TRUMP REALLY HATES BEING PRESIDENT

My theory to explain the daily, careening, out of control behavior of Donald Trump in the White House is that he hates the job he has been selected to do, even if losing the popular vote, and therefore refuses to come out of his campaign posture of hurling insults and wildly false accusations, in order to accept the role of his high office and act accordingly.

True, George W. Bush, in sharply attacking Trump for his racist rants, has noted that Trump has found “power addicting.” While that may be true, all daily accounts of Trump in the White House paint a portrait of a man bored with meetings about specific policy, in which he spends the time glancing at himself on television, disinterested in begging members of Congress for their votes, particularly on the abolition of the Affordable Care Act, and not even playing a role in the one major piece of legislation of his year long presidency, the massive tax cut for the rich and the robbing of middle class tax deductions. They also paint the picture of a man yelling and screaming and blaming everybody under the sun for every issue, a sort of half sane George the III, the English King who never recovered from the haunting impact of his soldiers being literally eaten alive by wolves at the battle of Saratoga.

Part of the reason may be that his political instincts, or those of someone advising him, are a lot more sophisticated than his knowledge of government, another reason he has ordered his White House lawyers to find the legal limits in which he can push his executive powers within each department to get around the standard rules and separation between presidential powers and protected government bureaucrats.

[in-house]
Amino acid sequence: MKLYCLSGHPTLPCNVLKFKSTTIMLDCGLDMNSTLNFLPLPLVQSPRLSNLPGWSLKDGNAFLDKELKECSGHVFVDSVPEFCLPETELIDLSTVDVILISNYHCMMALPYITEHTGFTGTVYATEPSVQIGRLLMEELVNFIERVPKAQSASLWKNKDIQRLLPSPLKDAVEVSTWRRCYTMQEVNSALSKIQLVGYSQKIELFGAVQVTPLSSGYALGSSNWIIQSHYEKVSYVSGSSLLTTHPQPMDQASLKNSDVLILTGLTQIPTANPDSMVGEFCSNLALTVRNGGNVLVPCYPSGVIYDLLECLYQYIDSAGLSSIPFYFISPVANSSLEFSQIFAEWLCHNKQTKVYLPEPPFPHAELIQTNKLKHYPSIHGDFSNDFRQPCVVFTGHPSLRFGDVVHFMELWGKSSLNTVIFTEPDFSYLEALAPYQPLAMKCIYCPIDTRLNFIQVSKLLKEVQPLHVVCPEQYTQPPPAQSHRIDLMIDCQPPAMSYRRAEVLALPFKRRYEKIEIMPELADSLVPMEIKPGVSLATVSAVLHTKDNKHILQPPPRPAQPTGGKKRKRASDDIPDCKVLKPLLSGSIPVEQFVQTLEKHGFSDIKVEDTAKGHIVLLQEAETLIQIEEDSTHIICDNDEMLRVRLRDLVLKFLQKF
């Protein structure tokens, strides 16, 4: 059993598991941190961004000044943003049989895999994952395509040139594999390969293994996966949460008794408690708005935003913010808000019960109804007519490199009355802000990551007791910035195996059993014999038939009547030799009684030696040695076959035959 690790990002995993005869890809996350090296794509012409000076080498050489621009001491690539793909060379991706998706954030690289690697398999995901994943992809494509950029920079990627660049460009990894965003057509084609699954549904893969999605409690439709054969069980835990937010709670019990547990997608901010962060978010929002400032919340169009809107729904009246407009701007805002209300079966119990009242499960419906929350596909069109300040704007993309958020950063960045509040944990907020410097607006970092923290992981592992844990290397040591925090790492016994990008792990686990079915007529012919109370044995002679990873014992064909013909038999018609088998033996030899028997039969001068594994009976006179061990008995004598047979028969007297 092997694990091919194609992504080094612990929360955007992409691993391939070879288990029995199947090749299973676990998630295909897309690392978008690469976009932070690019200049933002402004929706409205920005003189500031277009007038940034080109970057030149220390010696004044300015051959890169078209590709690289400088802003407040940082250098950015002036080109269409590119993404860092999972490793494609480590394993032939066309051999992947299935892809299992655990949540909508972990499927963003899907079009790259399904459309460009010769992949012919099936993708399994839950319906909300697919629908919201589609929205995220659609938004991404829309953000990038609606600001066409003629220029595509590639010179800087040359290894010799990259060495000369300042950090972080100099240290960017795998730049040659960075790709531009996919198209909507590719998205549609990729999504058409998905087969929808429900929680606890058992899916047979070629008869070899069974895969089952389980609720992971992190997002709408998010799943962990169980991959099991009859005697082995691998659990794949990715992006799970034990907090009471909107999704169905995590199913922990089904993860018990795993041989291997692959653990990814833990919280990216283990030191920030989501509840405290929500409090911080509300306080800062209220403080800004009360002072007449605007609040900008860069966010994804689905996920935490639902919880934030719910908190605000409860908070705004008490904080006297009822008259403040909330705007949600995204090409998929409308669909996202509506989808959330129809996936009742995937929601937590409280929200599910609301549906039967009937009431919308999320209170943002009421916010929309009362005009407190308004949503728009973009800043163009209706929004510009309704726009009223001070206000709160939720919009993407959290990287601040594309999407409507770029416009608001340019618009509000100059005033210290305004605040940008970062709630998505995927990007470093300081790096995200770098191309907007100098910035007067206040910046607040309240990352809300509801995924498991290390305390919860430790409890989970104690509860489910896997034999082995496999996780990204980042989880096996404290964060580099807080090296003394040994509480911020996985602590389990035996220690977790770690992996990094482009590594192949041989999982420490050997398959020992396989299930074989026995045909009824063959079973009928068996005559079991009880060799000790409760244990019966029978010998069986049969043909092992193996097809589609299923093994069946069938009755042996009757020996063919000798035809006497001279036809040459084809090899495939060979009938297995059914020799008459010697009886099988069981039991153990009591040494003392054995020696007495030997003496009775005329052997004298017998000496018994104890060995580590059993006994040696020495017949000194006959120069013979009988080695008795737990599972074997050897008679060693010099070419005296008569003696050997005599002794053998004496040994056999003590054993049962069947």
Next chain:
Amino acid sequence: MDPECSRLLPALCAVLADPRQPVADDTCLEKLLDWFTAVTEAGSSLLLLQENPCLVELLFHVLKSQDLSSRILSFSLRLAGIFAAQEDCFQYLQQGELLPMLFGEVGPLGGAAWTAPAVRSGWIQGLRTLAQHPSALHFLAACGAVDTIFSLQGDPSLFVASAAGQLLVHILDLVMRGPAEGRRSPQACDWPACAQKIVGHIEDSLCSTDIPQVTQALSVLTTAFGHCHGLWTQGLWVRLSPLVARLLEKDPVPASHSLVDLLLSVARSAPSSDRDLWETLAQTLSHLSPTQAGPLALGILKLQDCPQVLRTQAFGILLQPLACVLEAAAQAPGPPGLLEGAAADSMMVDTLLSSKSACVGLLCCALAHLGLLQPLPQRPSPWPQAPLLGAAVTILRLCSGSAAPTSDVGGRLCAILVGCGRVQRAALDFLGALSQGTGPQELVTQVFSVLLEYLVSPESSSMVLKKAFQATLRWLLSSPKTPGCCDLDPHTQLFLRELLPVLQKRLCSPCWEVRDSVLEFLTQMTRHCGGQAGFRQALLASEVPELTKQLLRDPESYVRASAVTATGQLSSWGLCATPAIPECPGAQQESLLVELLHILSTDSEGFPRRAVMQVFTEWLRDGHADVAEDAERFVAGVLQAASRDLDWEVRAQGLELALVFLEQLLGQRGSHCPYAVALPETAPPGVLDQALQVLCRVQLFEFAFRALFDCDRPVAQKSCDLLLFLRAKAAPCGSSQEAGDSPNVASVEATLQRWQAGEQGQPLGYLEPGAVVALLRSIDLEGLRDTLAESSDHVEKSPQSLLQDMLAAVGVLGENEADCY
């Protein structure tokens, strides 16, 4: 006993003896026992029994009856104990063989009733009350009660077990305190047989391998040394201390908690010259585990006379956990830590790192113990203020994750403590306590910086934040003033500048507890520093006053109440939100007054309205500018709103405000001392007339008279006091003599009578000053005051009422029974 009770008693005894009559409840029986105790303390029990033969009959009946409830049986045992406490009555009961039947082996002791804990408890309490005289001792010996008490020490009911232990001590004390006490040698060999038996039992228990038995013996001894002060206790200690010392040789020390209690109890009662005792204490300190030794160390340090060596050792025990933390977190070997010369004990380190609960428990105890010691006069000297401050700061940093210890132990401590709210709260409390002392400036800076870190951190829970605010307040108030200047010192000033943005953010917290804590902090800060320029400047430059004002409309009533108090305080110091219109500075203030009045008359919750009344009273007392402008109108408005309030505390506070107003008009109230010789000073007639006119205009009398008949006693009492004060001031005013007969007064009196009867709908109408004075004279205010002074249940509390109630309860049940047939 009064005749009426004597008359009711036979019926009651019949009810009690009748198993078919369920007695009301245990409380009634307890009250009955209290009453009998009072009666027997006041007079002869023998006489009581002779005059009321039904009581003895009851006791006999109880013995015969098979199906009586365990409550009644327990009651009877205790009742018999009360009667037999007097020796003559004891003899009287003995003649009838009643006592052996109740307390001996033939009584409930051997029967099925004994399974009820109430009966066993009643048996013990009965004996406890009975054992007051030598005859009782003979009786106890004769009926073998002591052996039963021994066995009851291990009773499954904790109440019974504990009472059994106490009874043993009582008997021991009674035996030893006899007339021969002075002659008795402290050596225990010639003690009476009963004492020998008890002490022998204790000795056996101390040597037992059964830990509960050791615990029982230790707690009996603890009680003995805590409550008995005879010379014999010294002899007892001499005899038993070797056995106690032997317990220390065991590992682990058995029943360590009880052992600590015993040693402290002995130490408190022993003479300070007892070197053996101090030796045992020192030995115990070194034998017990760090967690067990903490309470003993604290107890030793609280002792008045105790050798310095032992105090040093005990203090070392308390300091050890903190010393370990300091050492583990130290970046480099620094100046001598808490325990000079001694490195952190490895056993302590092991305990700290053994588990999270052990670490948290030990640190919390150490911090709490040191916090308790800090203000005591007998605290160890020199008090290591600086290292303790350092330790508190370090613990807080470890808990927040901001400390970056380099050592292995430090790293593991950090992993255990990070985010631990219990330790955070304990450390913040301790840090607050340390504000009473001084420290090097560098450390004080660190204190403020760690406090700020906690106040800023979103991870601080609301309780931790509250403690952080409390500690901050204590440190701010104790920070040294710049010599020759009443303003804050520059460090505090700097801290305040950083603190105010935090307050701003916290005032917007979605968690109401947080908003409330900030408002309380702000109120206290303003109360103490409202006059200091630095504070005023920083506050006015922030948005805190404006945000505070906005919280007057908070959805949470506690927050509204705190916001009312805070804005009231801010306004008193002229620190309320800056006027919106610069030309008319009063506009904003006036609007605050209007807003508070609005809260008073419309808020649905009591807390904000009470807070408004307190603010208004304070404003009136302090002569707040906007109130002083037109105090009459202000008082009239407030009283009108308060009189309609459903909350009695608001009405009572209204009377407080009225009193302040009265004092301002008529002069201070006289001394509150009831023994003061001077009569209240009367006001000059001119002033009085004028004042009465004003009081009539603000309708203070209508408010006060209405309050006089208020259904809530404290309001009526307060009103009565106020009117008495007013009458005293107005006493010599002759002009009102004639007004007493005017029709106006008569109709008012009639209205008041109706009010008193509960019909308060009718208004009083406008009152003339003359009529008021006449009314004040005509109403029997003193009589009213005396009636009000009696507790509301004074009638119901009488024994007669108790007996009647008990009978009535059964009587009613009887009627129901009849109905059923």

He seems to know instinctively what the limits of his extremism are: he can’t touch Social Security, Medicare, or the 401 K plans of American workers. In the 2016 campaign he also took advantage of the ambiguity Americans feel for the wars in Afghanistan and Iraq, and our relationship with Russia after the end of the Cold War. And who would have thunk that the Republican Trump could so thoroughly smear the war record of Republican Senator John McCain, who was tortured for five years in a Vietnamese prison, with such impunity?

In fairness to Trump, he walked onto an empty political stage, because his fellow Republicans had successfully waged a scorched earth policy against preceding Democratic Presidents to deny them any significant domestic achievements, and neither Bill Clinton, George W. Bush, nor Barak Obama articulated any long term program to replace the lost jobs of the industrial age with new industries of some kind, particularly in the rural regions of Pennsylvania, Ohio, and West Virginia. That Trump more or less got elected on promising to save 299 jobs in Indiana seems laughable, since he was not trying to become the Prime Minister of Ireland where that number may have been significant, but his Democratic opponent was not promising anything. Obama had proposed a massive jobs program with infrastructure rebuilding, but that of course got shaved down considerably by Republicans, who thereupon cheered, hypocritically, that it was not big enough to really help the economy.